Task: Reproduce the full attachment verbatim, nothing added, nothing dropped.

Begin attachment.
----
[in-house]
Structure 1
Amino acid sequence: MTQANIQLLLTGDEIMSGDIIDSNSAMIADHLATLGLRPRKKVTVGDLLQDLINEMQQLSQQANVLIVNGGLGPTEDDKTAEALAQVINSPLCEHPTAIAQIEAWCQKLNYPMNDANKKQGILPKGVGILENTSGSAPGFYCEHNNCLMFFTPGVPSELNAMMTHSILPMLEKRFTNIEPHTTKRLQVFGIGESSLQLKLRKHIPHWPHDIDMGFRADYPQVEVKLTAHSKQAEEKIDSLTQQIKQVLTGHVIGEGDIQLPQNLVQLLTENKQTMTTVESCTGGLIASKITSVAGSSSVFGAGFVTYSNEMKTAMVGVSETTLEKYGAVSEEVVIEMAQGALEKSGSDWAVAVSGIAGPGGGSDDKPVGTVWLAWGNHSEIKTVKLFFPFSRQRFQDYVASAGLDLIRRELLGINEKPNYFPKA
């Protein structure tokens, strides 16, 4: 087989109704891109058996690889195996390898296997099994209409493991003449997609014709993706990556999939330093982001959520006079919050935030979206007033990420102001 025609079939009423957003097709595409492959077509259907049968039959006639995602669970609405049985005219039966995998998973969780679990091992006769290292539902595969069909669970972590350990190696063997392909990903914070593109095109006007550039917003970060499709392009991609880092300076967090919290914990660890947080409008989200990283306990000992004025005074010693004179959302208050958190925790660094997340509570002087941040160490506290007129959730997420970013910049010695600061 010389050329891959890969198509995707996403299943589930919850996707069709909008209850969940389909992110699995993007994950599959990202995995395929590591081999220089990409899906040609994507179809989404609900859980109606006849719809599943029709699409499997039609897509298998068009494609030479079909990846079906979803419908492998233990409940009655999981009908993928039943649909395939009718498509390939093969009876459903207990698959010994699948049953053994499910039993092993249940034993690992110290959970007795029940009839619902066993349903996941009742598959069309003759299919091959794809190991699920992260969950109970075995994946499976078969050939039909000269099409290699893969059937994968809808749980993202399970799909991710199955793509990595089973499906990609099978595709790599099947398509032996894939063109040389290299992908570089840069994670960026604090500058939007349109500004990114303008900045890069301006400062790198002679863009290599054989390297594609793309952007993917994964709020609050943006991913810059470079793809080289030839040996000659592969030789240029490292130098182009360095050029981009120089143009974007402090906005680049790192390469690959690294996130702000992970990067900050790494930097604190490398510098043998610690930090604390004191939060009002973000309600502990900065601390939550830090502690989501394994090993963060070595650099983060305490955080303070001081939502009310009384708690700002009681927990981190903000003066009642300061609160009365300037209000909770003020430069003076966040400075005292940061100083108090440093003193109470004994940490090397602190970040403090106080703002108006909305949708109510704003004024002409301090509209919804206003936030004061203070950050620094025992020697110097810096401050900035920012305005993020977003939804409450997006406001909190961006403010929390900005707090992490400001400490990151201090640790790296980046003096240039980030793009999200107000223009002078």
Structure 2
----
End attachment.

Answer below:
[in-house]
Structure 1
Amino acid sequence: MTQANIQLLLTGDEIMSGDIIDSNSAMIADHLATLGLRPRKKVTVGDLLQDLINEMQQLSQQANVLIVNGGLGPTEDDKTAEALAQVINSPLCEHPTAIAQIEAWCQKLNYPMNDANKKQGILPKGVGILENTSGSAPGFYCEHNNCLMFFTPGVPSELNAMMTHSILPMLEKRFTNIEPHTTKRLQVFGIGESSLQLKLRKHIPHWPHDIDMGFRADYPQVEVKLTAHSKQAEEKIDSLTQQIKQVLTGHVIGEGDIQLPQNLVQLLTENKQTMTTVESCTGGLIASKITSVAGSSSVFGAGFVTYSNEMKTAMVGVSETTLEKYGAVSEEVVIEMAQGALEKSGSDWAVAVSGIAGPGGGSDDKPVGTVWLAWGNHSEIKTVKLFFPFSRQRFQDYVASAGLDLIRRELLGINEKPNYFPKA
């Protein structure tokens, strides 16, 4: 087989109704891109058996690889195996390898296997099994209409493991003449997609014709993706990556999939330093982001959520006079919050935030979206007033990420102001 025609079939009423957003097709595409492959077509259907049968039959006639995602669970609405049985005219039966995998998973969780679990091992006769290292539902595969069909669970972590350990190696063997392909990903914070593109095109006007550039917003970060499709392009991609880092300076967090919290914990660890947080409008989200990283306990000992004025005074010693004179959302208050958190925790660094997340509570002087941040160490506290007129959730997420970013910049010695600061 010389050329891959890969198509995707996403299943589930919850996707069709909008209850969940389909992110699995993007994950599959990202995995395929590591081999220089990409899906040609994507179809989404609900859980109606006849719809599943029709699409499997039609897509298998068009494609030479079909990846079906979803419908492998233990409940009655999981009908993928039943649909395939009718498509390939093969009876459903207990698959010994699948049953053994499910039993092993249940034993690992110290959970007795029940009839619902066993349903996941009742598959069309003759299919091959794809190991699920992260969950109970075995994946499976078969050939039909000269099409290699893969059937994968809808749980993202399970799909991710199955793509990595089973499906990609099978595709790599099947398509032996894939063109040389290299992908570089840069994670960026604090500058939007349109500004990114303008900045890069301006400062790198002679863009290599054989390297594609793309952007993917994964709020609050943006991913810059470079793809080289030839040996000659592969030789240029490292130098182009360095050029981009120089143009974007402090906005680049790192390469690959690294996130702000992970990067900050790494930097604190490398510098043998610690930090604390004191939060009002973000309600502990900065601390939550830090502690989501394994090993963060070595650099983060305490955080303070001081939502009310009384708690700002009681927990981190903000003066009642300061609160009365300037209000909770003020430069003076966040400075005292940061100083108090440093003193109470004994940490090397602190970040403090106080703002108006909305949708109510704003004024002409301090509209919804206003936030004061203070950050620094025992020697110097810096401050900035920012305005993020977003939804409450997006406001909190961006403010929390900005707090992490400001400490990151201090640790790296980046003096240039980030793009999200107000223009002078």
Structure 2